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Lethbridge Herald Newspaper Archives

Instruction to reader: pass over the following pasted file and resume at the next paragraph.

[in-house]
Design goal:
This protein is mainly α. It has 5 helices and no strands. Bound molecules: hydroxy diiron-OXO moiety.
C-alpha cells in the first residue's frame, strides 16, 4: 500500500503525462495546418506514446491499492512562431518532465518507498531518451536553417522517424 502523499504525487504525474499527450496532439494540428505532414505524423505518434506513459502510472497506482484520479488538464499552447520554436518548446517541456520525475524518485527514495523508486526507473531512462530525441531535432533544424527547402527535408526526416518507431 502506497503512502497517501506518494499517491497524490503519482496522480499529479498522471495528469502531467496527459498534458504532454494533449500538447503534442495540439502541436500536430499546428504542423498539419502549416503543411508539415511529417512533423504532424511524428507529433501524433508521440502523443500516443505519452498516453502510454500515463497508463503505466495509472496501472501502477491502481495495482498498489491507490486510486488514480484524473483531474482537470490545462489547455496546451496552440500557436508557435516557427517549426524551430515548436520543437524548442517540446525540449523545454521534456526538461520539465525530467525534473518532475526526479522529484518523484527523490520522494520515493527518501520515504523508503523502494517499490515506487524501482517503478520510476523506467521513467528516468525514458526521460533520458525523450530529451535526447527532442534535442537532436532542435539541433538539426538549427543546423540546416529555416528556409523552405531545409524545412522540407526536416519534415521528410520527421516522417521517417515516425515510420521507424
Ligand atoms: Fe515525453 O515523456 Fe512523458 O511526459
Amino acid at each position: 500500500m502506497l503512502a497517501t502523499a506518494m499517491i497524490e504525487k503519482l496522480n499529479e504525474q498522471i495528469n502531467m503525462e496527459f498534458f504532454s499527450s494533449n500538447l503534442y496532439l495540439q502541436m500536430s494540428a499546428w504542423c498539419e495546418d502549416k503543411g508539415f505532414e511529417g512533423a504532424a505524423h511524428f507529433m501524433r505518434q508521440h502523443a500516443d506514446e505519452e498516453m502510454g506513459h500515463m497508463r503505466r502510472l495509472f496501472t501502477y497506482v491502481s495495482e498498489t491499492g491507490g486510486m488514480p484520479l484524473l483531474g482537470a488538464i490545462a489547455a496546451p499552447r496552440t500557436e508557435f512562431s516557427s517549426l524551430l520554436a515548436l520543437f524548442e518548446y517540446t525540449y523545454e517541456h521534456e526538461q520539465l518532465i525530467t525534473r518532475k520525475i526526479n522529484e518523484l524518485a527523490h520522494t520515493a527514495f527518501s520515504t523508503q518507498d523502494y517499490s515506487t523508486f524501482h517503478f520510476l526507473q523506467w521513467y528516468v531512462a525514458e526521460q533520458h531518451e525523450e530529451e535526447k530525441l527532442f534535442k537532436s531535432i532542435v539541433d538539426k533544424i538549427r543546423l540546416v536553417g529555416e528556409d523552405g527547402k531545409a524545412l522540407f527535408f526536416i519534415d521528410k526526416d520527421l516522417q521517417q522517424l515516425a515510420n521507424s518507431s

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Lethbridge Daily Herald (Newspaper) - November 1, 1918, Lethbridge, Alberta PR 10 AY NOVEMBER 1, 191ft THE LETHBR1DOE HBRMUQi PAGE NINE S The 1 Victory Loan Should bejoyatly supported by every citizen. Thit Bank gladly fur* niahtft full information, and is pleated to co~ operate with intending subscribers. Canada's Achievement In Shipbuilding A Marvel Patd-np Capitol I �, Keienre Fund . 11,000,000 ItMourcM . . * Ut,000,000 THE BANK* OF NOVA SCOTIA w, a KING Min�f�r Lethbridge Branch ITA (By W. G. Gates.) Toronto, Oct. 31.-*0anada's remarkable* Industrial activity since the outbreak of the war may bo attributed mainly to tbrco things: tho urgent demand for products to supply tho fighting forces of t,ho allies; tho aggressiveness of Canadians in getting tmsinesti; and to tho ftfnanclng of this great effort by tho Canadian peoplo themselves. Of theso the third ia as important as any. For if Canada had t>ecn unable to grant credits to certain of tho allied governments for tho products they needed, all tho aggressiveness exhibited by native business taiont in drumming up orders would have gone largely for naught. (When Canada smote the rock of her savings and her credit), and thus drew forth tho hundreds of millions that have been .subscribed to her war loans, she solved the problem of making tho wheels of her industries hum during war time, Just as truly as Moses' solved tho children of Israel's wator scarcity problem by thinks it will misses his guess. Canada has ordered enough steel plates to keep her steel shipyards busy turning out ships at the rate of 200,000 tons a year for four yours, and tho delivery of. these plates will not begin before the fall of 1310. AH Canada now knows that $30,-000,000 worth of airplanes have been produced In one factory in this country during tho last eighteen months; and, in addition to this, tho Curtis company has a plant in one of the eastern cities. Will this work ccbbo abruptly after the war. By no moans, tho world being only on the threshold of aerial activity. In a certain eastern community the Imperial Munitions Board operates a plant called British Forging^ tho ground for which was only broken 21 months ago, hut which haa already produced J!f,000,000 worth of forglngs for shells, and which, in addition, pays nearly $.190,000 a month in wages. This plant, which now employs *j;>00 men, really had its origin in tho doci- smiting the rock in tho wilderness. I "J""' 3f^L'l\or!fm 1 This should bo thoroughly realized \8ion t0 niolt (lown ' hoU'^"P turning* and borne in mind, for, undoubtedly by this method, many of Canada's future development problems will have to be solved. VAST METAL PROJECT FOR EMPIRE TRADE Former Deputy Governor of Hudson'a Bay Co, Head� $2&,000,000 Concern. London.- Canadian Interest In the thsi. m�vv project for th�> development; of empire trade in nonferros metals Is indicated by tho Intimation In tho Times that the chairman of tho new llritlsh Metals Company will probably be charlcs Vincent Sate, who. as deputy governor of the Hudson's Cay Company. Is most intimately connected with Canadian Industrial affairs. Tho capital of tho new institution will probably bo $25,000,000. of which nearly $,10,000,000 has already boon subscribed. Tho discovery that Canada can Tin-anco her own operations is, for several reasons, clear gain. For" one thing it has dispelled thenoUonthatlndustrlal progress depends entirely on legislation That Canadian .manufacturers, farm-era, lumbermen, miners, merchants and othors, who go to make up tho general army of industry in this country, have been extremely busy during tho last few years is not duo to tho fact that Parliament, or the Government, has done some wonderful thing. The explanation is that certain coun-" tries needed certain products; enterprising Canadians want after the business, white tho great mass of the people Behind them have, by lending the Oovornmont several hundreds of millions, havo supplied the capital to finance these huge industrial operations. Hear in mind also that the peoplo have done thin acting on what has been sound advice, they havo put up the money. Eight hundred and twenty people subscribed to the lf>17 Victory Loan. Indeed the small investors subscribed about one-half the money. Today the Minister of Finance is counting on them n groat, deal more for tho second Victory Loan than he did for tho first. He wants l.onn.Ooft subscribers which, of course, means that tho extra ISO.OOO over last year's It has the war support of the Hrit ,......... VA.......... . fsh government and is designed to se-^number will .have to come almost en euro for, tho nrltish Empire, control of the metal murkets of tho Empire, which before the war were held by (I'tiijan Interests. Tin* metals particularly affected will be copper, lead, tip. and antimony. A similar organization is being formed In Franco with lar^e capital, it fs assumed that effective 'American control of United States motap; will also ho secured. Corporation between the British. American nm( French companies in order to ox-tend the Hplrlt of brotherhood in arms to the protection of mutual interests In repard to supplies of essential metal:- in proposed. Kugllshnicn associated with the directorate of the institution in addl-i ion tp the deputy-governor of the Hudson's Hay Company are the chairman of th/5 Hio Tinto Company, the British Aluminum Company, the Otis tirely from tho people who work hard for wages. Tho banks declare that they cannot advance all the money that Is needed, and they h'/ve verV frankly said to Sir Thomas Winds "You will havo to go to the peophj." What is the appeal based on? Patriotism and sound business. No doubt some people wonder how it U\ that so many American war orders are coming to Canada. Is It because of a desire on the part of our cousins to help us out? The 1'nlied States (lovernmont has manifested a ready inclination to co-operate* with Canada which is greatly appreciated; \ntt something more than philanthropy explains its action in awarding contracts o Canadian firms. It is becuse Canadian plants can produce, even faster than American ones can, cer in steel bullets for other shells. Today It ia said to bo the largest, ot its kind in tho world, and could, with very little readjustment, he set. at. work making steel billets for ship plMcs or steel rails. Nor-does one need to bo endowed with the spirit of prophecy to predict, that something of tin's nature will happen. It may bo asked, where will the nf- I ter-thC'War demand, neconsary to keep j theso new big plants going, come i from? For one thing the work of re- j building devastated Europe will make ; heavy demands on the Industrie:', of : America. In addition to-this ou&roun- \ try is nearly four years behind in If? ; mtppfies of certain kinds of manufue- [ hired materials, which will hav to lo i caught, up. Aside from (his, keep vo.ir ; >yo nn fti^sia. Going into thai v;;,.-r and largely undeveloped count)y, tho Allies are today and rec"tor!n;v order, they will make' >ine that 'fact ion of our I own people what '-an 'be don > * ; * * .;. .;. a .;, J CANADA'S WORK IS NOTED How One Legged Wcr Are Placed in \oda-Ary * � *  % �*. .% ^ �. .*  > �� /. .". American puhlirvtinn* � utt vj-.ti-.l n the task* ol n� i's'.abii^h'ti ^ Mi v/ldt-d i Roldiers in inUu-My r 11;. nuni-- j Canadian (�xjieri"ncc. l-iv-'vj .j >d%'s ; Magazine Artgu-t nuti'i^cd an ', tere^ting article whirn . it. ,| i| v,ork \ of tlii., counrvy. and Ami-m :\n Industries, tlu* oi-gan ui '!)�� \!i.cr\4 .�n M fiicturers, hus r.i.t'rd frrttncat .;'[!>� j lc4 on Ci'uadian pita.-^o;' 'ie* \wt|k, Th*� Vocational Summnrw a bull"t in issued by the f. S. Fe ;��:.(! }!o;u'd :'or \*ocat iona) Traim;;::. ;.t "d t'.ie fid-lowing ir:=piririg bit ii. it> August Bond. Steel Company. Charles Tcnnant, Sous; tain things that Uncle Sam must havo & Company, and Viiiclun, Younger &,iti a hurry, and for which he can't wait. In this statement there Is not the least exaggeration, as those acquainted with tho facts well know, in the production of shells Canadian (Adapted from Life* | plants are getting better results for Ton dimes saved make one dollar, the units engaged than arc those south Fifty dollars makes one Victory � �*f the boundary line. In the delivery sue: "Oncl ey.gt d K.r.ploy ^cn's for Oi. � Legged Men: held off a Ion- Mme.' says one Toronto man. 'but when I saw so many men with me leg I positively began to bo aMiamed o: having I is- j two.' They  y \'".t cannot e a re a Canadian by brititring him fare to face v.Ml1' men who have b^t arm-; and lcg� on theU- country's s-ervice. "Th"-** physically handicapped men are liclug trained for civilian ctnploy-mi?nt, ami are de:nonsf rat lug eve ry dav in" contact with tiveir fell-. �s. tha' pbysiral handicaps do not mean Industrial, social or occupational handicaps. Tho two-legged man slmplj' goes into a two-leggetl employment and resigns :he one-legged employment to a one-legged man. Both thus continue to bo 10') per cent, efficient," SHIPBUILDER DEAD Vancouver, Nov, 1.-Frank Davey, superintendent of tho Lyalt Shipbuilding company at North Vancouver, died ^ this morning ot Spanltk lnfluenta. VICTORY LOAN ARITHMETIC Bond. 'of airplanes tho Canadian Aeroplanes* One hundred Victory Vtouds make factory lias done what tho best Amor! one truck-load of shells. One thousand truck-load of shcels make one victory. Ono dbzen victories make one successful offensive. Ten successful offensives mako one lasting peace. W. M. N. McNEELY. OF MEDICINE HAT, DEAD Medicine Hat, Alta., Oct. ;:0.- The death took placo hero from influenza this uft�rnoon of William Walter Noel MeNeely. eldest son of John Mc-No^ly. who formerly operated tho Medicine Hut Hour mills and the Alberta Linseed Oil mills, before those plants were respectively purchased bv tho Lake of the Woods Milling company and the Tlrandram Henderson company. Deceased was ex- can experts considered Impossible. So when it comes to doing things, whether on tho battloflold, or in tho workshop, the Canadian today may proudly claim for his country results which in proportion to tho number engagod, challeoRO comparison with any country. Achievement In Shipbuilding Shipbuilding hffords a splendid ex ample of what has been done. A good many years ago tho building of wooden ships was an important Indus try in the Martimc Provinces, as much as 45,000 tons of new shipping having been produced In a year. But with tho incoming of the steel ships generally tho Industry rapidly declined, so much a that In 1900 the new tonnage built was only 16,200 tons. With th* outbreak of war there was naturally president of the agricultural society, and president of tho Hotary Club. Ho hold a seat in the Winnipeg Ctuin Kxchange and had a wido ac- quainianca among Western financial men. The Brantford firemen will ask for a war bonus similar to that granted a nhort Hme Ago to tbo police. chairman of/.he school board, ex-1 heavy demand for ijqw ships and tho ' " ' Marlttmo Province shipyards became busy, for tho "wooden." ship again camo Into Its own. But It was not until tho Imporlal -Munitions Board undertook to placo contracts for vessels 1 that tho shipbuilding Industry* from tho Atlantic to the Pacific began to mako tho strides that has distinguished It during the last two yearn. Following the Board the Dominion Government launched a program, which will probably keep tho shipyards of the Dominion busy for somo years, even should peace come at once. What has Canada done In shipbuilding? Well, the resBols launched, or that wjll bo launched, this year represent probably 440,000 tons of shipping, which Is equal to one-third of ail tho merchant shipping turned out In the shipyards of tho United Kingdom in 1917, ' Tho shipping turned out by the Imperial Munitions Board, and to be delivered this year, alono amounts to 318,000 tons, and be It remembered that an advance of $10,000,000 from tho Dominion Government enabled the Imperial Munitions -Board to give Its-flrat orders for ships. On the Puciflo Coast tbo men In tho shipyards are ua busy an boos; but it was not until two years ago, until tho Hoard began placing orders for ships, {hat. UrUlsh Columbia began to build lo anything like the extent she In doing today. This shipbuilding activity will not cease with the war. Tho man who onds Firing. a Smashing Blow for Victory by) TUq -McLaughlin M t � Y o ii Can �A I Limited Qshuwa Out BRANCHES IN LEADING CiTiES. DEALERS EVERYWHERE. 1 _ v r ij t - 4 ' - *� - + - T! ;